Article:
If you don't believe that the theory of evolution is scientific, you really should try to read one of Mayr's books beyond quote mining and misrepresenting the introductions, that is. 'What Evolution Is' is actually quite a good read.

Posted by: creeper at September 1, 2005 10:37 AM

they're all evolutionary theories. Mayr was brutally frank about Darwinism not meeting the test of science. It's a philosophy.

Posted by: oj at September 1, 2005 10:42 AM

"Mayr was brutally frank about Darwinism not meeting the test of science. It's a philosophy."

As usual, just a willful misrepresentation of Mayr's words. Read the whole book sometime.

Posted by: creeper at September 1, 2005 11:06 AM

Toward a New Philosophy of Biology: Observations of an Evolutionist by Ernst Mayr

Philosophy, not science

Posted by: oj at September 1, 2005 12:04 PM

We've been over this particular misrepresentation how many times, Orrin? It's not a coincidence that you stop writing full sentences when you get to this and instead simply put "philosophy, not science".

Mayr clearly and consistently refers to the "philosophy of biology" in the same context as "philosophy of science".

The philosophy of science is the branch of philosophy which studies the philosophical foundations, assumptions, and implications of science, including the natural sciences such as physics and biology, and the social sciences, such as psychology and economics. In this respect, the philosophy of science is closely related to epistemology and ontology. It seeks to explain such things as: the nature of scientific statements and concepts; the way in which they are produced; how science explains, predicts and, through technology, harnesses nature; the means for determining the validity of information; the formulation and use of the scientific method; the types of reasoning used to arrive at conclusions; and the implications of scientific methods and models for the larger society, and for the sciences themselves.

Referring to the "philosophy of science" is not the same as claiming that science is a philosophy. Likewise, referring to the "philosophy of biology" (which is all you've ever been able to show regarding the erroneous "Mayr said biology is not a science but a philosophy" claim) is not the same as claiming that biology is a philosophy.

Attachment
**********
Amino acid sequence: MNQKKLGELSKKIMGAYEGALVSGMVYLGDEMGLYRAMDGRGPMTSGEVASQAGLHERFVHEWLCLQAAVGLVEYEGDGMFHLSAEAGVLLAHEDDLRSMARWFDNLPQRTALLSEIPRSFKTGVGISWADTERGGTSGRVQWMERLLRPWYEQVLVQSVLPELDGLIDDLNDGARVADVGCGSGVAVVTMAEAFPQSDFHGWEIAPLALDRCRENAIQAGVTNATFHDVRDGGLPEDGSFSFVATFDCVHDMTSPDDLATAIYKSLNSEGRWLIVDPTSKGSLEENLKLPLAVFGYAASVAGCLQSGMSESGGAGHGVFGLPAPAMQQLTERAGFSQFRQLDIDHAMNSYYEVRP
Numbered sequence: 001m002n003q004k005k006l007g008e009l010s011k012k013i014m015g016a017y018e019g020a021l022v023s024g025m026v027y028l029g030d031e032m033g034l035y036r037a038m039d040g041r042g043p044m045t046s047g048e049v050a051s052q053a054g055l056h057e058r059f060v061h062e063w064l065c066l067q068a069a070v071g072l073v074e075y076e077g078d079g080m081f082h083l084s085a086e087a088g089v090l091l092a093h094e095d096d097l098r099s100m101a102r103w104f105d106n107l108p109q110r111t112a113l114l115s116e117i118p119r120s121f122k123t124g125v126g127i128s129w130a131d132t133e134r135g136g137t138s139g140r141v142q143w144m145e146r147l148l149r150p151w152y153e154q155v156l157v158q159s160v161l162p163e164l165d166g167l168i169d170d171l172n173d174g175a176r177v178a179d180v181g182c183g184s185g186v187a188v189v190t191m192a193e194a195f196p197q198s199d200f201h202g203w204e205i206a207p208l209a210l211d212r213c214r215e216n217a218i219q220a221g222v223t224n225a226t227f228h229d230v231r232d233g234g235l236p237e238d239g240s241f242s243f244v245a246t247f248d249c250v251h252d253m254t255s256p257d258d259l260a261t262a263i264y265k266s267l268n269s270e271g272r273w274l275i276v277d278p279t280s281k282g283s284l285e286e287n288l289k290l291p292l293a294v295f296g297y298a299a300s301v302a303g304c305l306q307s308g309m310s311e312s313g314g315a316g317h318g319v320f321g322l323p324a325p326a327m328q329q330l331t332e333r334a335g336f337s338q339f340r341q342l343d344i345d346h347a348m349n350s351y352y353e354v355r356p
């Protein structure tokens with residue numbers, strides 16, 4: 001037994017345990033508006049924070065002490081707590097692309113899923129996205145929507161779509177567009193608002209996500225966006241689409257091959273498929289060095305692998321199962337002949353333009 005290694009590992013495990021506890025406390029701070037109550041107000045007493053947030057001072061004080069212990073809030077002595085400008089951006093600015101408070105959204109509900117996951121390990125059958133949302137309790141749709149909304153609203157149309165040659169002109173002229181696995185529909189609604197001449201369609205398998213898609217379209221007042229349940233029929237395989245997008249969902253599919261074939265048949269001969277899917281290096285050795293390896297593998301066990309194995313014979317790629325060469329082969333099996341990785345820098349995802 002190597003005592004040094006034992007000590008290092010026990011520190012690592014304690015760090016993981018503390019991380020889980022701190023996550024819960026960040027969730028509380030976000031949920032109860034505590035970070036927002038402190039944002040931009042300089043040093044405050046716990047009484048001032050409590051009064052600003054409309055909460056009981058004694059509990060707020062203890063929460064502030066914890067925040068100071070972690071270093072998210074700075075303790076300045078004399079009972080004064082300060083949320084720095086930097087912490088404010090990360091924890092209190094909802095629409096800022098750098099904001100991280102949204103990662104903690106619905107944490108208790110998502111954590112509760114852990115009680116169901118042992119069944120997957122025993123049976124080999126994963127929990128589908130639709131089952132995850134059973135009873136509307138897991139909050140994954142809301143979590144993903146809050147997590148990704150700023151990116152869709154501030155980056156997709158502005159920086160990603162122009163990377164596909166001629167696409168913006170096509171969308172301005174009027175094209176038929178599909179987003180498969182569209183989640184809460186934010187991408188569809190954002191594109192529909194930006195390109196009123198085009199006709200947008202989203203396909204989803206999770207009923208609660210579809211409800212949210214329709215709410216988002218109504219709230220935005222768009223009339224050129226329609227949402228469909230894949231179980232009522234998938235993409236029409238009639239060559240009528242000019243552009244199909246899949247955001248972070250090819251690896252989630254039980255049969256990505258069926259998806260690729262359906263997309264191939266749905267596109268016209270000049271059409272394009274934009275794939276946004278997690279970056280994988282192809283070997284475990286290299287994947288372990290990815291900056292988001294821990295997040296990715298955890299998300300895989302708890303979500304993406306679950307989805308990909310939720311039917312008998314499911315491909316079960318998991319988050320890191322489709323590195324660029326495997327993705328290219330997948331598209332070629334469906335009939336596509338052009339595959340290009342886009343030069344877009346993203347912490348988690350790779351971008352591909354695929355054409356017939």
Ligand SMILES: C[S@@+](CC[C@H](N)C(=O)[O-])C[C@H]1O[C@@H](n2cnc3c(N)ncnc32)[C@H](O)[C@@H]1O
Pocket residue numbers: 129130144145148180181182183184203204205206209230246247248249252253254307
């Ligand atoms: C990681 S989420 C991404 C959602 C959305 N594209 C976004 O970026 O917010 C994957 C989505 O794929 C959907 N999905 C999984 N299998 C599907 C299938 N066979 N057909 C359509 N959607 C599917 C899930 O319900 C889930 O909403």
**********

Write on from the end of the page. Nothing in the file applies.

Posted by: creeper at September 1, 2005 12:47 PM

no, science isn't philosophy, biological science sometimes is and Darwinism only is.

As you say, the philosophies --ID, Creationism, Darwinism -- belong outside the science class.

Posted by: oj at September 1, 2005 12:52 PM

The theory of evolution is not a philosophy, and belongs in a science class.

If you want to make up a new definition for Darwinism that you think is also a philosophy, by all means do so, but other readers should keep in mind that this is nothing but a strawman.

Posted by: creeper at September 1, 2005 2:43 PM

Not according to Mayr.

Posted by: oj at September 1, 2005 4:14 PM

If you can provide a link or quote that doesn't rest on the misrepresentation of "philosophy of biology" being "biology is classified as philosophy", then please do so.

Otherwise this is just more intellectual dishonesty, which it appears is all you have to support your position on this topic.

Posted by: creeper at September 2, 2005 12:46 AM

See prior Mayr discussions.

Posted by: oj at September 2, 2005 7:00 AM

"See prior Mayr discussions."

All of them are based on the same misrepresentation; none of them contain a link or quote that doesn't rest on the misrepresentation of "philosophy of biology" being "biology is classified as philosophy".

Posted by: creeper at September 2, 2005 7:41 AM